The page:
Statistics from the Macedonian Interior Ministry show a rise in the number of illegal crossings through Macedonia to EU countries, mainly via the border with Greece. At the same time, however, the country's police are becoming more efficient.
During the first three months of this year, for example, the authorities stopped 716 people from illegally crossing the Macedonian border -- a 145 per cent increase in prevention, compared to the same period last year. In the first nine months of 2005, a total of 1,181 attempts at illegal crossing were recorded, a rise of 21 per cent over the previous year. The data suggests that more and more people are willing to break the law in the hope of gaining a better life in the West. Most illegal migrants interviewed by the police cite economic reasons as their main motivation.
The migrants come from various national backgrounds, and even from different continents. The largest number -- 1,057 last year -- are Albanians. The data from 2005 also recorded 59 Macedonians trying to cross into Greece, along with 54 Serbians and Montenegrins, ten Bulgarians, three each from Romania, Peru and Turkey, and one each from Tajikistan, Russia and Bosnia and Herzegovina.
A similar diversity of nationalities has been represented this year. Most illegal crossings occur at the border with Greece, followed by the borders with Albania, Bulgaria and Serbia.
Behind the statistics are dramatic life stories. The criminals who organise illegal crossings are unscrupulous, to say the least. They charge thousands of euros, and their creativity in devising means of transport is limitless. In a May incident, Macedonian police discovered 12 Albanian and eight Chinese nationals in a specially constructed bunker in a truck. The passengers were squeezed into a pile of scraps and old car bodies.
A more drastic case that fortunately did not have a fatal end happened in January, when a Macedonian border patrol saved three would-be emigrants from freezing to death. They were Albanians trying to get into Greece. Having crossed into Macedonia legally, they were wandering around on Kajmakcalan Mountain and got caught in snowy weather. They used cellphones to call their families, who then informed the police. A swift rescue operation was mounted.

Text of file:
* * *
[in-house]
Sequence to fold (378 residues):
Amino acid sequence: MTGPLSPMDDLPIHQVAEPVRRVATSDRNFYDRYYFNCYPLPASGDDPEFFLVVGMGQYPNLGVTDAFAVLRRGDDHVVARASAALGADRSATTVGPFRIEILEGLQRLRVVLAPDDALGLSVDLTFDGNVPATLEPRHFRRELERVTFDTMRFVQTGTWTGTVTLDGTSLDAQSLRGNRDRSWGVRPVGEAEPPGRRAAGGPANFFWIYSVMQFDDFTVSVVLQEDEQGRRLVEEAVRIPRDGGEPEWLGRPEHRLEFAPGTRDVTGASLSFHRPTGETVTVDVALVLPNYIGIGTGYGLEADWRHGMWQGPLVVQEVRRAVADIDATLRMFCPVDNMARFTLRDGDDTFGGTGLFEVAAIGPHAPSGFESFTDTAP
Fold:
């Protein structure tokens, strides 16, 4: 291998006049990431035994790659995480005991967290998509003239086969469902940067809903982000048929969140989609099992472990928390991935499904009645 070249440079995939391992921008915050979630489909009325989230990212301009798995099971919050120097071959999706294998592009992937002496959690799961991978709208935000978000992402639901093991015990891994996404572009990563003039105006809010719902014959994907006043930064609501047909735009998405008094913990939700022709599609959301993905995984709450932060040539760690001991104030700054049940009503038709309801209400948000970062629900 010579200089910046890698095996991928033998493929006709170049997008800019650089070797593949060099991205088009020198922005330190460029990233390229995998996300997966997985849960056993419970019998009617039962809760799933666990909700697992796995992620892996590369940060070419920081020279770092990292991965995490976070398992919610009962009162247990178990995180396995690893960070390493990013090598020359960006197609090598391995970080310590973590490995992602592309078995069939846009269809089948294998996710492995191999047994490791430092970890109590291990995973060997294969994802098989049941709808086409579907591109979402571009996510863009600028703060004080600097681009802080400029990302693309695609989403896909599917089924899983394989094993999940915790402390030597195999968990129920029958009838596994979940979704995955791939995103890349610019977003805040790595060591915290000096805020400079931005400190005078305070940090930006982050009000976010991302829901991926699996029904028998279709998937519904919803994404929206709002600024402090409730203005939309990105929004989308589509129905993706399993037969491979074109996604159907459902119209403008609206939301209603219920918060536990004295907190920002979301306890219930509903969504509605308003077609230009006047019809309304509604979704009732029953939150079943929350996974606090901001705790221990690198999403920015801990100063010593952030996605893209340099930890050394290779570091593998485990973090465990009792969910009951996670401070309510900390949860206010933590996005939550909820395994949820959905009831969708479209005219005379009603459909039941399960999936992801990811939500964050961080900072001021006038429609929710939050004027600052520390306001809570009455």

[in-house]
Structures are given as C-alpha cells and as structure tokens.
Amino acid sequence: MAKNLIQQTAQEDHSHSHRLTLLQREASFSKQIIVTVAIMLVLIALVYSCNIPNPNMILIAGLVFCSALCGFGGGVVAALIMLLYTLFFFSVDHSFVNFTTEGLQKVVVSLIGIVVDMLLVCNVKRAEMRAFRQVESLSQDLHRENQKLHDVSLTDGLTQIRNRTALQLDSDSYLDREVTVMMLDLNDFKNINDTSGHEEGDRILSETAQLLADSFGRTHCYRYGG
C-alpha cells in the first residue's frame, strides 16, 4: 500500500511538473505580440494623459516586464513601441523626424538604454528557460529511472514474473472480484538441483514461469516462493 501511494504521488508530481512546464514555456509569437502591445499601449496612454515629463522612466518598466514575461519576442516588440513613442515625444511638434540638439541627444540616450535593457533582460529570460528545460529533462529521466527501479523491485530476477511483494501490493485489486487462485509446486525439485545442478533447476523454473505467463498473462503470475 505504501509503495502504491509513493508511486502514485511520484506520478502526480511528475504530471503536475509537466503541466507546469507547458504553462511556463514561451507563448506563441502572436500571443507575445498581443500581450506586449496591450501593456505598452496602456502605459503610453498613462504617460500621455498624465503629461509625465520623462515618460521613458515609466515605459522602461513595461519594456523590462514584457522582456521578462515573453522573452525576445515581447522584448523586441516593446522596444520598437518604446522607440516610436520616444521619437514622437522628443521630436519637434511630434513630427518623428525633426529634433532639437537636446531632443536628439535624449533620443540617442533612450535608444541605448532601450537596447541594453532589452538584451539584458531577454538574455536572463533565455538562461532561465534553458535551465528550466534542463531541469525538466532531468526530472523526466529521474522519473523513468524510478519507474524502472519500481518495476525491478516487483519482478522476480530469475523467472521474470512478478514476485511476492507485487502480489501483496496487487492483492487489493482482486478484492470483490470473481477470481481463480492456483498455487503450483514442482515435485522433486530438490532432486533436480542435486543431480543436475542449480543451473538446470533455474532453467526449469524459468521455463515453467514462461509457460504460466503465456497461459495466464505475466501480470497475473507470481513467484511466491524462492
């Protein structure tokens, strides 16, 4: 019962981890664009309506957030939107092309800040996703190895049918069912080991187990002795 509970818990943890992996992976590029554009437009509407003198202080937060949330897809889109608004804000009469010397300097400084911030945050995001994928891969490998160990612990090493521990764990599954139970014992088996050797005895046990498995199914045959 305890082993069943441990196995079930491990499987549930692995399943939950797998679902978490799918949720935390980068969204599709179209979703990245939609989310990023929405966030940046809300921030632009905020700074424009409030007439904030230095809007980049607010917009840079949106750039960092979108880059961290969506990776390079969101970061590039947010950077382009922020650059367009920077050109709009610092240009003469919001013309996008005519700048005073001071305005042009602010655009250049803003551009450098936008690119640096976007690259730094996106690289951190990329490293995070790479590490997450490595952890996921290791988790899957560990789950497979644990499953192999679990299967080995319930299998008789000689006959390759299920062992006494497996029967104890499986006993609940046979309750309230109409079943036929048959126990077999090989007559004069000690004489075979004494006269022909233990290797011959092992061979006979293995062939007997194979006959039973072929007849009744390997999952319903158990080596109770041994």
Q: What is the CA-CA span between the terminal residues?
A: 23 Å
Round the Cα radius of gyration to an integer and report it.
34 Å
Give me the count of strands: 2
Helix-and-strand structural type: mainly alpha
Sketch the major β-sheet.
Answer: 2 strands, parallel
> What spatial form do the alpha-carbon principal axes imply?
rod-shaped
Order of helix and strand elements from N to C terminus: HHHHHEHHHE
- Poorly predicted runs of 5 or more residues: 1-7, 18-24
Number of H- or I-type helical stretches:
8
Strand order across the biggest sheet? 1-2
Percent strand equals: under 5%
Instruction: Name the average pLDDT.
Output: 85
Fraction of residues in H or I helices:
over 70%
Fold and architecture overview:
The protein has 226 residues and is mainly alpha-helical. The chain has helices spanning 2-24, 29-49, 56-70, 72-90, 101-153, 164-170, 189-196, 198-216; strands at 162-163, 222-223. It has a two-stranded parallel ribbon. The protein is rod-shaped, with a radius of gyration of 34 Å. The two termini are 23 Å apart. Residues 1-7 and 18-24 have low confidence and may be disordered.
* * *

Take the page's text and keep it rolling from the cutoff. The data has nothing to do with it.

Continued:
Greece offers the promise of jobs on orange and tangerine plantations in summer, and in the olive groves in autumn. The pay is around 25 to 30 euros daily. Greece is also a popular embarkation point for illegal ferry transfers to ports in Italy.
In general, police say there are three main routes to EU countries. The first one, originating in Macedonia, is to Italy via Greece. The second route starts in the Albanian port of Durres, with Bari as the destination, and the third is a land transit route across Balkan countries to Slovenia, Italy, Austria and -- more recently -- Hungary.
The Macedonian police have become more successful in detecting gangs of traffickers. Much of the success, say experts, is due to the introduction of an integrated border management system. Police have taken the job of border security from the army, and improved e-communication between the border crossings has been established. Now that Macedonia has gained the status of EU candidate, it has a powerful incentive to boost these capabilities further.
The judicial battle against organised networks is also intensifying. A court trial against a group of 28 people charged with trafficking migrants and vehicles is under way. The charges were brought by the Anti-Organised Crime and Corruption Department with the interior ministry. During the investigation process, special measures such as monitoring, recording and eavesdropping of the suspects were carried out.
According to the indictment, the group has existed since 2005 and was organised by two of the defendants. They used trucks as their main vehicle for transport, furnishing them with special bunkers. The fees charged ranged between 1,000-1,500 euros per migrant.
In addition to efforts by the police and courts, the ministry of labour and social affairs is carrying out a prevention project in collaboration with OSCE. The goal is to promote improvement of ties among state-run institutions and civil society, using public information to educate people about the issue.
Experts view Macedonia primarily as a transfer zone, rather than a source zone of emigrants.The population is only 2 million, and the socioeconomic conditions as well as the country's traditions tend not to fuel a large number of migrants. Indeed, British immigration authorities only recorded 15 cases involving Macedonian nationals trying to present themselves as asylum seekers or staying in Britain illegally in 2005.